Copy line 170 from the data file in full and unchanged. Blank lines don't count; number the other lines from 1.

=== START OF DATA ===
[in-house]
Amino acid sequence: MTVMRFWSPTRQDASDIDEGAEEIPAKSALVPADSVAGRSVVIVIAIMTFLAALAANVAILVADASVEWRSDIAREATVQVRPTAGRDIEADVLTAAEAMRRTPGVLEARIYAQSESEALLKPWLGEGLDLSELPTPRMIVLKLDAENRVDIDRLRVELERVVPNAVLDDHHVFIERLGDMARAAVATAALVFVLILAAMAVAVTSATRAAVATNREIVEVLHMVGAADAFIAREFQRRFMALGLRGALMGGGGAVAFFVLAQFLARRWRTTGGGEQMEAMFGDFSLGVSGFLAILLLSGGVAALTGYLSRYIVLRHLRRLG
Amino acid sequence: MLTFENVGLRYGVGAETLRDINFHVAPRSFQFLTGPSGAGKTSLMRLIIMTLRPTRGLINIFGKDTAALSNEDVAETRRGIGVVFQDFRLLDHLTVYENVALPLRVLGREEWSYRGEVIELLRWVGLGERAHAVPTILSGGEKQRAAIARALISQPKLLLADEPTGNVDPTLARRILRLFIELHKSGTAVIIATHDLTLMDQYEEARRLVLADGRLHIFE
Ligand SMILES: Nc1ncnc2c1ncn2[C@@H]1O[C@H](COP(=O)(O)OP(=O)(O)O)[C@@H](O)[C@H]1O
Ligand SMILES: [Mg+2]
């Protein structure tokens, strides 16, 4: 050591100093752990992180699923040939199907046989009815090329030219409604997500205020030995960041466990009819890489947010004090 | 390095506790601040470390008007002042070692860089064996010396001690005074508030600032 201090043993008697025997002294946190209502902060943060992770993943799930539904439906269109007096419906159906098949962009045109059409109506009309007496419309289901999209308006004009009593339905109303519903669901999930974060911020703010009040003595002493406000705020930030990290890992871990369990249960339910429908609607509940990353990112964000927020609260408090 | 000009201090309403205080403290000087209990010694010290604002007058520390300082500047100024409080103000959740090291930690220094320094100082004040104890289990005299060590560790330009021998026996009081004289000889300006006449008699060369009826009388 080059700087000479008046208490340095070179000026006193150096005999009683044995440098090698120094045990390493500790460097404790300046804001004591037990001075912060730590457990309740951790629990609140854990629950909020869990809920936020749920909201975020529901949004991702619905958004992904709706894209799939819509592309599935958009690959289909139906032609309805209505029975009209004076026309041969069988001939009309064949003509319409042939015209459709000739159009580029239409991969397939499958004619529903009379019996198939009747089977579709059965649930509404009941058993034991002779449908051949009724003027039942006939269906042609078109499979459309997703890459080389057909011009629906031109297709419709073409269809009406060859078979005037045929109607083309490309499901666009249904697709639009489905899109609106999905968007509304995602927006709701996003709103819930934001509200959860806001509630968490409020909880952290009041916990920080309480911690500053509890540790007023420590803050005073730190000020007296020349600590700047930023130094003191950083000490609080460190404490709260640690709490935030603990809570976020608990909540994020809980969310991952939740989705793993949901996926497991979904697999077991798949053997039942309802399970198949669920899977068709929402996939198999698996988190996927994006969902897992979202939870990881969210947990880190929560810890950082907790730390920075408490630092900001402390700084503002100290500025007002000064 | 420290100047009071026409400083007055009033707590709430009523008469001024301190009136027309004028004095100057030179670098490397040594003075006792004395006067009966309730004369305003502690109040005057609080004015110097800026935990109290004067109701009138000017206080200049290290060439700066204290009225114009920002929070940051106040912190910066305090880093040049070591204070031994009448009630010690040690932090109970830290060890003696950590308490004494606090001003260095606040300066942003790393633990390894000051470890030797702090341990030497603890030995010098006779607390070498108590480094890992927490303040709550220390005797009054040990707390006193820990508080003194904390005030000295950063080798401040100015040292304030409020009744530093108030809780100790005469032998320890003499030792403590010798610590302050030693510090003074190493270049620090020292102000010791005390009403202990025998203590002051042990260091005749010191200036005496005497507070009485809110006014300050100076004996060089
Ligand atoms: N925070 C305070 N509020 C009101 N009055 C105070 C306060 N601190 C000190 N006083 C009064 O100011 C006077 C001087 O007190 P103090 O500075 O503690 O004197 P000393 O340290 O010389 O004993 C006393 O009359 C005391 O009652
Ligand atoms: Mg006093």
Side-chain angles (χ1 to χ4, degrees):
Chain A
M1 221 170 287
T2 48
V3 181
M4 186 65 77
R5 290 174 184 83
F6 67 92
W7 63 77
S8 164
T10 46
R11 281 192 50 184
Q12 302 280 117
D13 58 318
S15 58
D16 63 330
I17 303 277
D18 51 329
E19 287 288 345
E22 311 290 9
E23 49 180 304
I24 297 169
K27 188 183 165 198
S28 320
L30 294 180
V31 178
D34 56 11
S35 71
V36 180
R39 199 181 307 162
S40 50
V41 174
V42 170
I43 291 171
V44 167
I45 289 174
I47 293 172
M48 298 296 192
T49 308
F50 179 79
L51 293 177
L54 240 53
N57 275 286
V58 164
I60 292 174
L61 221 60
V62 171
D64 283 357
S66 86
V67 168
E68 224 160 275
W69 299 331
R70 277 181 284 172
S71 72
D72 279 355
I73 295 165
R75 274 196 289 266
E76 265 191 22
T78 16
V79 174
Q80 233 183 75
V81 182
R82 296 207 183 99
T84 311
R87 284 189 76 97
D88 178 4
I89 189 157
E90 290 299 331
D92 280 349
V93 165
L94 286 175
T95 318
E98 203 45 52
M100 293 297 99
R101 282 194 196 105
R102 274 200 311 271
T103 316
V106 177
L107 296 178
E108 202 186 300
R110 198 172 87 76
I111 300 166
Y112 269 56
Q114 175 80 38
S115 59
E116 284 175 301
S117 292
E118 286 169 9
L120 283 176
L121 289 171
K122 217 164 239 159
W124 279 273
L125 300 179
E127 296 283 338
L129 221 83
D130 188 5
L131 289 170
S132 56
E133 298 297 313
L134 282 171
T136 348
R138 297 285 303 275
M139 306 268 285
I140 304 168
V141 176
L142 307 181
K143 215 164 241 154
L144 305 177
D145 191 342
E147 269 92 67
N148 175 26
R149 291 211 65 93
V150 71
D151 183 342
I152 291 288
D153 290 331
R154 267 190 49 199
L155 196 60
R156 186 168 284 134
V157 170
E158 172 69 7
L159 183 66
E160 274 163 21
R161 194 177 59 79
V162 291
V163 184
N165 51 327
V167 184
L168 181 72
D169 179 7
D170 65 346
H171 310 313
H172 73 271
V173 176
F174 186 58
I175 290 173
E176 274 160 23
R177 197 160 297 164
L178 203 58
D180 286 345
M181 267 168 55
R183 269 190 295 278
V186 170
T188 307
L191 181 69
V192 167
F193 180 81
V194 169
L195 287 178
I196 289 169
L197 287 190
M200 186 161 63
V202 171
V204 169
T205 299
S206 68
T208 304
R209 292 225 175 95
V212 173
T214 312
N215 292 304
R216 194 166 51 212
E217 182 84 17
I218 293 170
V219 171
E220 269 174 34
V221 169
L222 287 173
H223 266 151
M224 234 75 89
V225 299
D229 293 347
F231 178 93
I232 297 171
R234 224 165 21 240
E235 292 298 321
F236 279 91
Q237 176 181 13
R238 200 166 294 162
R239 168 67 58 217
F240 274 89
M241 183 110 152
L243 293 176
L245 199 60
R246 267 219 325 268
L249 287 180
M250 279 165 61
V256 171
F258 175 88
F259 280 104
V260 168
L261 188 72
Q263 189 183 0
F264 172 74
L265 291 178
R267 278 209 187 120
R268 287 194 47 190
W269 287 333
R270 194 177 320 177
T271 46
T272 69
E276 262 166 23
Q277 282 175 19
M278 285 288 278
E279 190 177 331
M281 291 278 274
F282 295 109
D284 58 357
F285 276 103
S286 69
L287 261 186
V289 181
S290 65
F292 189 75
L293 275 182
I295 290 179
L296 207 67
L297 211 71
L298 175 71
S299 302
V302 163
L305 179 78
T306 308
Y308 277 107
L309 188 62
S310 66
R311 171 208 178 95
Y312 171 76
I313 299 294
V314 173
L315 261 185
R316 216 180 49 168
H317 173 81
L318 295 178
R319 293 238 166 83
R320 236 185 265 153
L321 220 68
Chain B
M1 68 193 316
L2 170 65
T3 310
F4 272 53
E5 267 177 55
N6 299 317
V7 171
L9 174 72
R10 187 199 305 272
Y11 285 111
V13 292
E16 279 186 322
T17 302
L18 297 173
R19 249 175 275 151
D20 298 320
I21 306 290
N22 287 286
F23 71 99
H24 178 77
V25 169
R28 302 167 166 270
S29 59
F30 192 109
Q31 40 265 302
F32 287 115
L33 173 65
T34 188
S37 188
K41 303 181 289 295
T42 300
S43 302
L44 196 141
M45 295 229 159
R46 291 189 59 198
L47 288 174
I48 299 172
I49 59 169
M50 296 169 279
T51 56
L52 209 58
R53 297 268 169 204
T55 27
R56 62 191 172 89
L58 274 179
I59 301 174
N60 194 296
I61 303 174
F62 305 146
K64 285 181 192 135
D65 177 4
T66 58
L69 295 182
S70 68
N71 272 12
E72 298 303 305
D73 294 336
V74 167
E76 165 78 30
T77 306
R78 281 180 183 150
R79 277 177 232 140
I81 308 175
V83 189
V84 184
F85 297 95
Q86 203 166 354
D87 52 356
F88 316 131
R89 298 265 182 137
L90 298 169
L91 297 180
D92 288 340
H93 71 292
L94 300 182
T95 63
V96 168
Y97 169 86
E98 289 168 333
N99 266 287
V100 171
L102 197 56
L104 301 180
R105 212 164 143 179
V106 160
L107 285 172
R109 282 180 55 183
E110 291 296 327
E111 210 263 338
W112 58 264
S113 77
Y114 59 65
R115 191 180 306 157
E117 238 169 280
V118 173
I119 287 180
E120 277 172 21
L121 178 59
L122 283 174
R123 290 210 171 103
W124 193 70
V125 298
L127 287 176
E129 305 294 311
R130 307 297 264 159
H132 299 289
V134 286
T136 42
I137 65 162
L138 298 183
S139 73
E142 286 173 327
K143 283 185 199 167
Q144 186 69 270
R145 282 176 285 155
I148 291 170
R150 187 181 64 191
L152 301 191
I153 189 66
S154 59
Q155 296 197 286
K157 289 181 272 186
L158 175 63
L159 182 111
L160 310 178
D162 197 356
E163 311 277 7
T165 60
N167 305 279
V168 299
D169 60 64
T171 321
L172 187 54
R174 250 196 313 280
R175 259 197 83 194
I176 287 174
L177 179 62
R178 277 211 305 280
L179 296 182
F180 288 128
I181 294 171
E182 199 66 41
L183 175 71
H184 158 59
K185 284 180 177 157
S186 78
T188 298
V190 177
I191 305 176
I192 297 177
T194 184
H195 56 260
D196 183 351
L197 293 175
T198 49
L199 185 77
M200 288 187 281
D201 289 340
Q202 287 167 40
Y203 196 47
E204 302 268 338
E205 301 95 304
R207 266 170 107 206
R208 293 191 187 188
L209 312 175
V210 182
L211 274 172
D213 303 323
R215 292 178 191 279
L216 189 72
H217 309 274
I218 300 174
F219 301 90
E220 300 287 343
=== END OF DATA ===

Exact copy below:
R216 194 166 51 212